This post is by Joe Stephens
In my other life I’m a teacher, as you can tell from many of my posts. I enjoy that job because I love being around young people. Some of the experiences I’ve had with them over the years will live with me forever and I have many lifelong friends among my former students.
Some lessons and activities I’ve done a time or two, while others have happened every year without fail because they just work so well that they
become tradition. One of the most memorable activities we do every year is the Gift of Words presentation right before Christmas break. I can’t take credit for it. Like much of what I learned about teaching AP English, I got this from Dan and Becky Daniel, my mentors.
It’s really a multi-faceted activity, but the heart of it is asking the students to share gifts of words with others. The idea is that, in these modern times, we tend to think of a gift as something we buy for someone, but one of the greatest gifts we could ever give someone we love is the gift of words from our hearts. So my kids write a sonnet to a loved one as well as a letter. Then, in class on the last couple of days before break, they share a gift of words that they’ve received. Sometimes it’s a letter or sonnet from another student or former student. Other times it’s a passage from their favorite book or an acceptance letter from their dream college.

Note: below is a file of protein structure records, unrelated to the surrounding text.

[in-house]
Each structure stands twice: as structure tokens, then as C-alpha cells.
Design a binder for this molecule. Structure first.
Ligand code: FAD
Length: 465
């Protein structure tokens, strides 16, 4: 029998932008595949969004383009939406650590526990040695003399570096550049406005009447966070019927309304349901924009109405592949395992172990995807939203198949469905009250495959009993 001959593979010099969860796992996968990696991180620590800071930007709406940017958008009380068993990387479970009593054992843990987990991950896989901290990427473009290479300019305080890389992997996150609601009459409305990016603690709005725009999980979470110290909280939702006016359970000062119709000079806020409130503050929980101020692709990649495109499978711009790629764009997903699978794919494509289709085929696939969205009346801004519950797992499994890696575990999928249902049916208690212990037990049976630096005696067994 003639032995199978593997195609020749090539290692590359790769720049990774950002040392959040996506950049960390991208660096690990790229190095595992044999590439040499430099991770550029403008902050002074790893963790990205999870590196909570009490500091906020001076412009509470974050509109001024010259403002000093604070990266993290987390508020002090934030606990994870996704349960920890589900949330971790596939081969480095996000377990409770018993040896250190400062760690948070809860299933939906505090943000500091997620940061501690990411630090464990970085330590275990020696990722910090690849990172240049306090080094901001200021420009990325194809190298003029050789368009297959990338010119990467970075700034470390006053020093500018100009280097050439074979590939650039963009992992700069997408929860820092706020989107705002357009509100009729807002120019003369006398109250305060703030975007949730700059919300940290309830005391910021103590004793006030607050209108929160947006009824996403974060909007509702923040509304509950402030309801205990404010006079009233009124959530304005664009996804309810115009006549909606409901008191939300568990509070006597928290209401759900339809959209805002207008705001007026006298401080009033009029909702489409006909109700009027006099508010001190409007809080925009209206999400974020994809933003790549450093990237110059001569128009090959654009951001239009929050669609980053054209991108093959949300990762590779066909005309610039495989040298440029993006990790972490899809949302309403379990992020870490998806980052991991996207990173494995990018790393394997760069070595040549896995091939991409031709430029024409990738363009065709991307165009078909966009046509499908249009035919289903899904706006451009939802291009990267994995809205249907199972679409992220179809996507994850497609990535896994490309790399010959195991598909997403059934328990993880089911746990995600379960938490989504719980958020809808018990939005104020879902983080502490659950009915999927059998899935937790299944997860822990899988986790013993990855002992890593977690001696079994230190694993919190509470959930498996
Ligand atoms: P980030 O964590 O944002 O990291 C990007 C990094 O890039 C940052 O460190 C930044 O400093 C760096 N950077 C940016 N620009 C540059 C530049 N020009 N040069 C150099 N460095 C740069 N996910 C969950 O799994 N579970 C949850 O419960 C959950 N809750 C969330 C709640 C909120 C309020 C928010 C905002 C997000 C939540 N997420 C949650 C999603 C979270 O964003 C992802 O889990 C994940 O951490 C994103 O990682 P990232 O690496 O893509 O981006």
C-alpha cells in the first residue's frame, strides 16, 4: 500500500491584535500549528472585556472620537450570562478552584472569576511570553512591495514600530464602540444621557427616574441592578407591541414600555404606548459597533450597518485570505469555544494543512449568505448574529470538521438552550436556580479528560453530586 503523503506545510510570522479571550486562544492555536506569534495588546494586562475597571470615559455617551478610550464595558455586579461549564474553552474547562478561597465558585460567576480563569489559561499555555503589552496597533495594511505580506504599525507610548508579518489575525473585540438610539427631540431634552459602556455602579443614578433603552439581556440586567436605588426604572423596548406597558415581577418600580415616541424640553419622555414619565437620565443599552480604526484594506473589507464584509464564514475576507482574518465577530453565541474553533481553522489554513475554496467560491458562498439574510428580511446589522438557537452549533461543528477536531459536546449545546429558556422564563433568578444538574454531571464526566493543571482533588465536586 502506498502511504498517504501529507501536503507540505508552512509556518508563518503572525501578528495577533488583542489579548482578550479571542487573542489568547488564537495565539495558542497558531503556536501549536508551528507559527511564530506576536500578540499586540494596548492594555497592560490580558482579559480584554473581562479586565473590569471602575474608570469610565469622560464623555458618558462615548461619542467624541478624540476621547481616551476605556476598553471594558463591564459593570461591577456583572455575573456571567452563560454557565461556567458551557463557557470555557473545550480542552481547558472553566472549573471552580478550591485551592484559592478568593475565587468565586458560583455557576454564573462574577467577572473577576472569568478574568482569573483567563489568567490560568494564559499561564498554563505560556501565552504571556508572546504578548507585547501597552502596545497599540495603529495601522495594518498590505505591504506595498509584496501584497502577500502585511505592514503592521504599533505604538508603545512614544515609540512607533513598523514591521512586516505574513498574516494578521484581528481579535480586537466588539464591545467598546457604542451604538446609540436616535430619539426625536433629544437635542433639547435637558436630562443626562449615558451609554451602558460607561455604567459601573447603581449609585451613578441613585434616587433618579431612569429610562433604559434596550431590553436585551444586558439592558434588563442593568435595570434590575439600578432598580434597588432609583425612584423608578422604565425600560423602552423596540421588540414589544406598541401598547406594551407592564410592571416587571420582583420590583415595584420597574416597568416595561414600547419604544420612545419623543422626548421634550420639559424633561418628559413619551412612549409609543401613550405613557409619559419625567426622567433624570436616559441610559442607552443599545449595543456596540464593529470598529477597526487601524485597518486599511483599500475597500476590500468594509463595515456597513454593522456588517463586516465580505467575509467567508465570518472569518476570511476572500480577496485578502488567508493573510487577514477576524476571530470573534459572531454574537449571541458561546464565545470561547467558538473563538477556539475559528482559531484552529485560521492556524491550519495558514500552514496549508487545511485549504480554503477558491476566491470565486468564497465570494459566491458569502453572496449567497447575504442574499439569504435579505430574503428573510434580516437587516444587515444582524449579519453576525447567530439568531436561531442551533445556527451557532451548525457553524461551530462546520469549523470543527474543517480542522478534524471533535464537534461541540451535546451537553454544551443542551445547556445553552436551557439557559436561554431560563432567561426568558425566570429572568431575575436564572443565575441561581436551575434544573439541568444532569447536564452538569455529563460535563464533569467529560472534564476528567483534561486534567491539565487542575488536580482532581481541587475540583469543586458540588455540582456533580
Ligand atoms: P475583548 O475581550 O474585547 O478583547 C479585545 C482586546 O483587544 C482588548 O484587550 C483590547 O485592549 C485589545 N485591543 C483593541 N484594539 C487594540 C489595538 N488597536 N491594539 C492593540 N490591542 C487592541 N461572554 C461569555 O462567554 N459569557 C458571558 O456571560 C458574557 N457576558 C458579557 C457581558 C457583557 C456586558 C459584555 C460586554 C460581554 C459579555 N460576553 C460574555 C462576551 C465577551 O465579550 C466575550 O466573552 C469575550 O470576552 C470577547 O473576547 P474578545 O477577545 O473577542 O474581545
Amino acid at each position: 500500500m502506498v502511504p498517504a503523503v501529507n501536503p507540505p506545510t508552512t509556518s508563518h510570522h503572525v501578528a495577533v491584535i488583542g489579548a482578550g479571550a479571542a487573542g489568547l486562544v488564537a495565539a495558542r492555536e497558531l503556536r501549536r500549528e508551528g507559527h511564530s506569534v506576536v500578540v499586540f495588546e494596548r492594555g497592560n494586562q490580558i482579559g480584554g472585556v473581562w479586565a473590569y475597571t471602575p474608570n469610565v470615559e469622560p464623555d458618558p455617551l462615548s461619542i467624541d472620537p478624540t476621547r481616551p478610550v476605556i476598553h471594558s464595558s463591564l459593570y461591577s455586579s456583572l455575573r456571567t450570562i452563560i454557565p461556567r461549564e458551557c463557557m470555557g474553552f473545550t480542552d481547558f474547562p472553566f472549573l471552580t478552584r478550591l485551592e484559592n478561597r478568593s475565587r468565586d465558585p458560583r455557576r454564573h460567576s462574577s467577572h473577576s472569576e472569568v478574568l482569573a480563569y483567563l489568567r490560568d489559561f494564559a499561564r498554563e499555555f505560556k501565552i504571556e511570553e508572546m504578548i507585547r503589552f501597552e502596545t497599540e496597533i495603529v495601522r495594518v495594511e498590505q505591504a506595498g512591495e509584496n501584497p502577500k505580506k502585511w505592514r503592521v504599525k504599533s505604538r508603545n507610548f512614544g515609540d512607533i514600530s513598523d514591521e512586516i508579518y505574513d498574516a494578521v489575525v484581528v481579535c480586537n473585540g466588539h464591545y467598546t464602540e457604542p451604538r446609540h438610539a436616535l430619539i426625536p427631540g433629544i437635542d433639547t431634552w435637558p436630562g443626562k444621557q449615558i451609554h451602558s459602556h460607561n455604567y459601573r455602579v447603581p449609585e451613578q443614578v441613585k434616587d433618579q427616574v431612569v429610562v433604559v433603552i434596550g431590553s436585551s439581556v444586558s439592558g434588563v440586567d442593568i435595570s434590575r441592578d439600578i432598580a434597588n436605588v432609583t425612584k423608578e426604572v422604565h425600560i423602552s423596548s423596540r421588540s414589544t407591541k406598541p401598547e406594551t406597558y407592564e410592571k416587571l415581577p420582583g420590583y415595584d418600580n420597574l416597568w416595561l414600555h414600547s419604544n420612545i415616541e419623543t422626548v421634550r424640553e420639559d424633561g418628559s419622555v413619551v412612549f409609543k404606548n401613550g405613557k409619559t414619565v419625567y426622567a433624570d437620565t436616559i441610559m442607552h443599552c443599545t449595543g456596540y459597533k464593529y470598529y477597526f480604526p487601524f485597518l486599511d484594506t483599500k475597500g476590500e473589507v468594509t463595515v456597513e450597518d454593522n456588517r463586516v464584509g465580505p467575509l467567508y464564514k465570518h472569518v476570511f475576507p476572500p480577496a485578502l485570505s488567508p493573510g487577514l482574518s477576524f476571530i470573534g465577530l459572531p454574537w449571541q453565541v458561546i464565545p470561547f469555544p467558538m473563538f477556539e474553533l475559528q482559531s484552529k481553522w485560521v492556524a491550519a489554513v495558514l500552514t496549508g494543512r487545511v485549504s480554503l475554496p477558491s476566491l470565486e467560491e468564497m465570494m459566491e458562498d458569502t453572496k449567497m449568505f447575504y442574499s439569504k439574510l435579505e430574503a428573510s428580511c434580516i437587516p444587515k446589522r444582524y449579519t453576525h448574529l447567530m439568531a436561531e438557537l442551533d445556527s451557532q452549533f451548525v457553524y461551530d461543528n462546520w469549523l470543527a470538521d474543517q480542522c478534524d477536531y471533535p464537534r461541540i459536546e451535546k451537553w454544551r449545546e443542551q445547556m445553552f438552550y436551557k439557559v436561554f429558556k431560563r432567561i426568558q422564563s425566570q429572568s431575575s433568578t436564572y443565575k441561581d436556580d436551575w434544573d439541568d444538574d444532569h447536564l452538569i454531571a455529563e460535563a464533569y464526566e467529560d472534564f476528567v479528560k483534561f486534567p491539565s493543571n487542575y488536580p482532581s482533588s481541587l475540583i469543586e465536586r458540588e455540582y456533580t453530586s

Sometimes the presentations are lighthearted, but once in a while the event takes a more emotional turn. Some of the most poignant ones have been letters written to the students by loved ones who have since passed away. That the kids feel comfortable enough in my classroom to share something so personal and sad is a gift I don’t take for granted.
We end the time with the exchange of traditional English Christmas crackers, which are small gift-wrapped cylinders (think toilet paper or paper towel roll) filled with small little trinkets and candy, as well as a brief greeting for the new year, since this is the last time we’ll see each other until the next year.
Aside from the goodbye PowerPoint presentation I give on the last day of school, it’s the time I’m most likely to cry. I’m a big crybaby and I think it’s important that my students–especially the boys–see that it’s okay for a man to cry. And, bar none, it’s my favorite thing that we do together the entire year. The kids have great fun and so do I. But it’s a lot more than fun. It’s meaningful. And that’s more important.
Joe Stephens is a teacher at Parkersburg High School. He is also the author of Harsh Prey, Kisses and Lies, and the recently released In the Shadow, all of which are available in paperback and Kindle formats. The paperback may be purchased from Createspace, Amazon, and most online booksellers. In the real world, you may purchase from J & M Used Book Store in Parkersburg and from the author’s trunk.
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